Peter Paul Rubens|
St. Gregory of Nazianzus, 1620-21
Oil on panel, 50.2 x 65.4 cm
Albright-Knox Art Gallery, Buffalo, New York, George B. Matthews Fund, 1952, inv. 1952:14
Catalog Entry by Marjorie e. Wieseman
St. Gregory of Nazianzus (c. 329-c. 390), one
of the four Greek Fathers and a Doctor of the Church, was the son of the bishop of Nazianzus, in Cappadocia. From 379 to 381 Gregory served as bishop of Constantinople. He was one of the most eloquent writers on the doctrine of the Trinity and played a key role in defending the Church against Arianism, a heretical sect that denied the divinity of Jesus Christ. Gregory's rhetorical skill earned him the title "the Theologian."
In this dynamic modello for a ceiling painting in the Jesuit church in Antwerp (see The Last Supper for the history of the commission), Gregory—a figure rarely seen in Western art—is cast by Rubens as a powerful and passionate warrior in the Church's battle against heresy. The saint's glittering eyes and the rippling undulations of his voluminous chasuble and wind-tossed pallium convey the violence of his wrath as he plunges
his crozier into the mouth of the demon at left. Half-man, half-beast, the demon itself is thinly rendered in dusky shades of brown pigment, with smoke and flames (described by Cesare Ripa as an attribute of Heresy; see J. R. Martin 1968, p. 203) issuing from around his head. Above the saint's head is an angel carrying a banderole inscribed "S. Gregor[ius] Nazianzenus," to announce the saint's victory over the heresies embodied by
the vanquished demon.
Rubens first outlined the composition in a black chalk drawing now in the Fogg Art Museum, one of only two surviving preparatory drawings for the Jesuit Ceiling paintings. Rubens carefully established the main elements
of the design in this initial drawing, leading Julius Held (1980, vol. 1, p. 34) to suggest very plausibly that the drawing may have been submitted to the Jesuit authorities during the negotiations for the contract signed on March 29, 1620. The drawing presents a more elaborate composition, with two demons and a second, larger angel at left, and the suggestion of an architectural setting at right. In refining the composition for the oil sketch now in Buffalo, Rubens eliminated the more prominent of the two demons and shifted the position of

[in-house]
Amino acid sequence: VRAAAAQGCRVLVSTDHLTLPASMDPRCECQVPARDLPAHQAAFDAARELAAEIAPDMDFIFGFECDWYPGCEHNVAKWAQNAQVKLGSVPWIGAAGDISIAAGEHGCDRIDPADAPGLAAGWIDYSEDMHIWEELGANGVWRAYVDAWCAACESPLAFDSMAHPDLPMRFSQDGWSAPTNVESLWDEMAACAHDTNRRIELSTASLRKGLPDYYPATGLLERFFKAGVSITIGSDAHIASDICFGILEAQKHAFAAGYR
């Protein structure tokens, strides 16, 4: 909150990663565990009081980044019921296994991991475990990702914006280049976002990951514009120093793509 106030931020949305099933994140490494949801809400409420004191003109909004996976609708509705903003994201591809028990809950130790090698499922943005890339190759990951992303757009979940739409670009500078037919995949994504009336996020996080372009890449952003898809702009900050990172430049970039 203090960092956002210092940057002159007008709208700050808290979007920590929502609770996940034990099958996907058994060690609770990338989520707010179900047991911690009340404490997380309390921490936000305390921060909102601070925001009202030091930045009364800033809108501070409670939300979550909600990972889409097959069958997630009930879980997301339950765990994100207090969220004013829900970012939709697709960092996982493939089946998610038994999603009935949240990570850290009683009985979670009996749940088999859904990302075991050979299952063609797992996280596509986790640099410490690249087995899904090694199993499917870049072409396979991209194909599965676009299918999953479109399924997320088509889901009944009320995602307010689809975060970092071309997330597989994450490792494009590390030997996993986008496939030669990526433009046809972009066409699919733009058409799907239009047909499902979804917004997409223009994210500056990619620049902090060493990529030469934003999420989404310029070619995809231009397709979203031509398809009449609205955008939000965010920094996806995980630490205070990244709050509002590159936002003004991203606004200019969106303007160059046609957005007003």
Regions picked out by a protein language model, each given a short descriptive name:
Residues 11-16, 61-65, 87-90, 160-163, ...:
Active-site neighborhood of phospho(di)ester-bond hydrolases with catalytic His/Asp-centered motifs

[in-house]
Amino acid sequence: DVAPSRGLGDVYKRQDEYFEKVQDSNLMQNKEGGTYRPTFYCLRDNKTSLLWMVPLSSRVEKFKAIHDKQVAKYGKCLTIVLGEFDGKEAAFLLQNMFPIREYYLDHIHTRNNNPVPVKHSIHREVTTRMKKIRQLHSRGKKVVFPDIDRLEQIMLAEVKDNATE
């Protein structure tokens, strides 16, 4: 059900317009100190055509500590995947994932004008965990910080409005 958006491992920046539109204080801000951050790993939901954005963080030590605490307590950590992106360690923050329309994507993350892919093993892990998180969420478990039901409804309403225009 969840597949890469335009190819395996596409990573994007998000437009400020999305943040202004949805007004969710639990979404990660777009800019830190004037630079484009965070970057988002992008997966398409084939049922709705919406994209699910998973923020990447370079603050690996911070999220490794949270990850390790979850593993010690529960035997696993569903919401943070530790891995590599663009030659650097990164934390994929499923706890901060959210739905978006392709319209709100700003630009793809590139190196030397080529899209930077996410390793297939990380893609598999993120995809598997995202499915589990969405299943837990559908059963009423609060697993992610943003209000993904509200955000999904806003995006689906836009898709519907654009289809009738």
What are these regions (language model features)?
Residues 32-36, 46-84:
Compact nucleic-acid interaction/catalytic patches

the other to emphasize its awkward backward tumble under the thrust of the bishop's crozier. The architecture at right has been replaced by a bank of clouds; and the larger of the two angels, who in the original drawing assisted the saint
in defeating the demons, has been eliminated, presumably to emphasize the magnitude of Gregory's role in defending the orthodox faith against heresy (Held 1980, vol. 1, p. 60). Honed to its essence, the final composition reflects the simplicity and narrative clarity that are consistent
features of Rubens's designs for the Jesuit church.
Rubens's full-scale painting of St. Gregory of Nazianzus was part of a series of sixteen images of saints (eight male and eight female), which
was installed, together with representations of
the Name of Jesus and the Name of Mary, in the side aisles of the Jesuit church in Antwerp. The four Greek Fathers of the Church—including Gregory of Nazianzus—were located along the north side of the church; the four Latin Fathers along the south side, each alternating with female saints and martyrs. Each of the saints represented was chosen by the Jesuit fathers (and specified in the contract of 1620) for their passionate defense of the Church against the incursions of heresy. This was a theme of considerable currency during the period and of particular relevance to the Jesuits, an order noted for their militant defense of the doctrines of the Catholic Church against the threat posed by the Protestant Reformation.
Rubens's design for St. Gregory of Nazianzus,
a figure for whom there was no iconographic tradition in Western art, is similar to (if markedly more dramatic than) another scene from the Jesuit Ceiling, St. Athanasius Overcoming Arius. The likeness is appropriate, since the two saints were united in their quest to eradicate the so-called Arian Heresy. Formal parallels can
be drawn with other works as well. As John Rupert Martin has noted (1968, p. 140), the
pose of the demon, with his right arm lifted in
a defensive gesture, is a recurrent one in other paintings of an apocalyptic nature by the artist, such as Rubens's Fall of the Rebel Angels of 1622 (Alte Pinakothek, Munich, inv. 306) or as the personification of Sin in The Crucifixion (engraved by Paulus Pontius), showing Christ triumphant over sin and death.
The verso of the Buffalo panel is marked
with arms of the city of Antwerp, and the initials LS in monogram, the mark of the Antwerp panel maker Lambrecht I Steens (see J. van Damme, ̉De Antwerpse tafereelmakers en hun merken. Identificatie en betekenis," Jaarboek van het Koninklijk Museum voor Schone Kunsten Antwerpen , pp. 207-8; and Held 1980, vol. 1, pp. 9, 54, 60). Identical marks appear on the back of Rubens's St. Athanasius in Gotha; the fact that
the dimensions of the two panels are virtually identical prompts the suggestion that they were created at precisely the same moment.